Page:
BUT, there's also a lot of U232 mixed in, which has a very short halflife and decays with some very energetic gamma rays. Makes handling your bomb material severely hazardous. And the gamma emissions make it comparatively easy to detect at a distance.

    So yes, you could make a bomb with materials taken from the thorium cycle, but you're gonna have a hell of a time sneaking that shit to your lab. And its gonna kill your technicians before you get your bomb put together.

  • ExLoony||

    Looks like the U-232 is sufficiently nasty that even electronics can't survive near it making it hard to design a bomb, at least anything portable. Plus the newer liquid salt cooled designs do not extract the Pr-233 and U-233 like the earlier designs, they just leave it to burn in the core (as near as I can understand the discussions).

    Try here:
    http://www.energyfromthorium.com/lftradsrisks.html

  • ||

    I see we read the wired article. No cheating on Reason with other hipster mags.

  • Doktor Kapitalism||

    If I understand that right, the same way that uranium is seeded (which to my understanding it is): beam alpha waves (available from the nearest Americium using smoke detector) into aluminum.

  • ||

    Shorter Gore: "If we don't stop global warming, we're ALL GOING TO DIE A HORRIBLE FIERY WATERY HURRICANY DEATH!!! But nuclear power is too expensive for that."

  • ||

    yep

  • Wrong Lumberg||

    How can scaling up a solar power plant from 25 MW to 1000MW (a factor of 40) increase the cost from 150 million to 18 billion (a factor of 120)?

    Maybe the 25MW figure is peak generation instead of average generation, but nuclear plants don't always run at their full capacity either, and they are a lot more expensive to operate.

  • DADIODADDY||

    it's called fuck Rhode Island, you just got covered in solar cells to power the rest of NE & NY

  • Will||

    The gov might suck at a lot of things but with the amount of money that's been poured into nukes, it clearly gives them an unfair advantage even if all subsidies stopped now. You'd have to see after a couple decades of no subsidies which is more viable in a free market. Anyway, in terms of "freedom", the fact is nuclear is inherently a centralized power as much as the federal government is in politics. Decentralization in government and in energy brings more freedom. And there the clear winner is solar and wind. Every residence in the country could be its own power plant. Centralization in a free market isn't the sort of free market that produces innovation and competition. Nukes will always be the business of the worst crony capitalist big money corporations. Anybody with a garage and a few bucks could start up a renewable energy company. If you believe in the free market, then nukes suck. Case closed.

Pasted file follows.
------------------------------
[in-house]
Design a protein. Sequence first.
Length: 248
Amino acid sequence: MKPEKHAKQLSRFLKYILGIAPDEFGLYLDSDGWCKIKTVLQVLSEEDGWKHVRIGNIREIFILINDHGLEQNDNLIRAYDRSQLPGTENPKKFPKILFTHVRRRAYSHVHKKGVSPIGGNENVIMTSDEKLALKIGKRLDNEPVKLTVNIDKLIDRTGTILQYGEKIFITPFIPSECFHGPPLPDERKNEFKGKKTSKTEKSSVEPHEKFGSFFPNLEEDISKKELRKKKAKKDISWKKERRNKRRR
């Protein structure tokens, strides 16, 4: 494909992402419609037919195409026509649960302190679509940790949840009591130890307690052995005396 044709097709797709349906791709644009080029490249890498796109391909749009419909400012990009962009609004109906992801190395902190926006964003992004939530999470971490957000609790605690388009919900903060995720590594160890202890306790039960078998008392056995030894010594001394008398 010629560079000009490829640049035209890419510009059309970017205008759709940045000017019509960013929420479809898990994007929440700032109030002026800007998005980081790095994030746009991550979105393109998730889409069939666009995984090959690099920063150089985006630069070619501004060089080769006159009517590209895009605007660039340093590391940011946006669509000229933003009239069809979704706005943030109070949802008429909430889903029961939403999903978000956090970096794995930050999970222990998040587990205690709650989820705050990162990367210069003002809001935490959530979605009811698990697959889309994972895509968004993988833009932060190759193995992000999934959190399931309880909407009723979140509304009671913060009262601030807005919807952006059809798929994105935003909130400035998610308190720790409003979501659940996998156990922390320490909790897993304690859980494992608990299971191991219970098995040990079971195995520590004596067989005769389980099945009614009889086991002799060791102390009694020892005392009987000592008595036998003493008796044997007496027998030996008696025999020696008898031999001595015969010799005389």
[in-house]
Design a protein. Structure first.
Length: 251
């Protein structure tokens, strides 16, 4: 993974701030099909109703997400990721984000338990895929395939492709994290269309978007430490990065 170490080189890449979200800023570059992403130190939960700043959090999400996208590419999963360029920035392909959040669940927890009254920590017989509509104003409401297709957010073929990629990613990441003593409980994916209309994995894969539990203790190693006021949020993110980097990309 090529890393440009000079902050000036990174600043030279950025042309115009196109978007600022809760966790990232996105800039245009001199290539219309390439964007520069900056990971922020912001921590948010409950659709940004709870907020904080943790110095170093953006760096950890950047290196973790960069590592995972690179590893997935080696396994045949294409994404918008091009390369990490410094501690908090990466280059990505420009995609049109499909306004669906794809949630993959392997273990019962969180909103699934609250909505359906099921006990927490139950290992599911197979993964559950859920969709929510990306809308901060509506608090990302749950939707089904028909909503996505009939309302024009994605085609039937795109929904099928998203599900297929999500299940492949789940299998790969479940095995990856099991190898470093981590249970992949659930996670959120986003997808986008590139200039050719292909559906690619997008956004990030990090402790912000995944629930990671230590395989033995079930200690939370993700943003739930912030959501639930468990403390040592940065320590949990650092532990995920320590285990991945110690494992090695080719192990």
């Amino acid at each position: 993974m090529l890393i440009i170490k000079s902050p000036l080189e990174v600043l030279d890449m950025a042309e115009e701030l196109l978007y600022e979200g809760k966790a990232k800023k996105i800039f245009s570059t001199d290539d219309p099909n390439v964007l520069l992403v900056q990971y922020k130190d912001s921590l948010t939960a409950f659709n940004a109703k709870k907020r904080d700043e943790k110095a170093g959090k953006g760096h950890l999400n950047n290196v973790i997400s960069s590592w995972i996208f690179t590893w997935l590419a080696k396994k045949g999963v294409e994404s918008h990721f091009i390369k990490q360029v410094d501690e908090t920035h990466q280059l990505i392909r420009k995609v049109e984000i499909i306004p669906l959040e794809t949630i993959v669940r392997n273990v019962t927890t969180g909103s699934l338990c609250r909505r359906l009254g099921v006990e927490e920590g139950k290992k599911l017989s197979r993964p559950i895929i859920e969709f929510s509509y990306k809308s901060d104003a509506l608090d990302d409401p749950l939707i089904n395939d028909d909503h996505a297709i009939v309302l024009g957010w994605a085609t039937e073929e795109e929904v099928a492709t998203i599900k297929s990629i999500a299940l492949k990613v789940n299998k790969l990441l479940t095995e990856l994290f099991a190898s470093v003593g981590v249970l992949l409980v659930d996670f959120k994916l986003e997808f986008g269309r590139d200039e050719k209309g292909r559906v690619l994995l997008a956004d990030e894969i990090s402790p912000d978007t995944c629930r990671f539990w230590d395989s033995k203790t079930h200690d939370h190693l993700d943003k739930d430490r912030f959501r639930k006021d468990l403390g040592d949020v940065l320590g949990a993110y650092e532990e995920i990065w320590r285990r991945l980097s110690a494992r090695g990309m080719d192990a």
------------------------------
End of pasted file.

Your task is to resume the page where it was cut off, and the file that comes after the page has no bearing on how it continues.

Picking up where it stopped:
• j.i.am||

    Nuclear powered submarines and aircraft carriers work in small decentralized applications. That technical problem has been solved.

    The case is not closed. The tax dollars you, I, and our parents have spent on small military grade nuclear power plants would work just fine in many small and medium sized town electrical power applications.

  • ||

    thorium's better. Fusion is *worse*.

  • Doktor Kapitalism||

    Deuterium-deuterium and deuterium-tritium are worse.

    Helium-3 (available on a Moon near you) is better. But to get to it we would need space exploration and industrial development off-world, which they don't want.

  • ||

    Maybe, but all bets are off once we crack fusion.

  • ||

    Somebody has to mention the late Petr Beckmann's The Health Hazards of NOT Going Nuclear (1976), which examines "...the health hazards of non-nuclear power in accidents, waste disposal, routine emissions, environmental impact, terrorism and sabotage - all explained for laymen. Also a chapter on why the nuclear foes attack the safest form of power generation."

    Excellent work, still quite applicable to the present discussion, and easy to obtain online.

    Dr. Beckmann was a wonderfully colorful character, and I had the pleasure of corresponding with him quite extensively in the years immediately preceding his death.

    If an OuiJa board could be made to work, doubtless we'd still be swapping compliments. Nice guy, and pure poison to the "sham environmentalists."

  • Old Mexican||

    Anyway, who cares? We're about to enter a mini-ice age, anyway:

    http://www.dailymail.co.uk/sci.....-here.html

  • ExLoony||

    Cherry picked locations. See a more comprehensive view here and you see it matches the cherry picking exactly:

    http://earthobservatory.nasa.gov/IOTD/view.php?id=38419

  • ||

    OM got ya there ExLoony.

    C'mon, he even linked to thedailymail. That shoulda been the big clue that he wasnt serious.

  • ExLoony||

    Give 'em an inch they'll take a mile.

  • Old Mexican||

    Gore notes that in the 1960s the old Atomic Energy Commission predicted that the United States would have 1,000 nuclear power plants operating by 2000. That didn’t happen. Only 104 plants currently operate, generating about 20 percent of the nation’s electricity.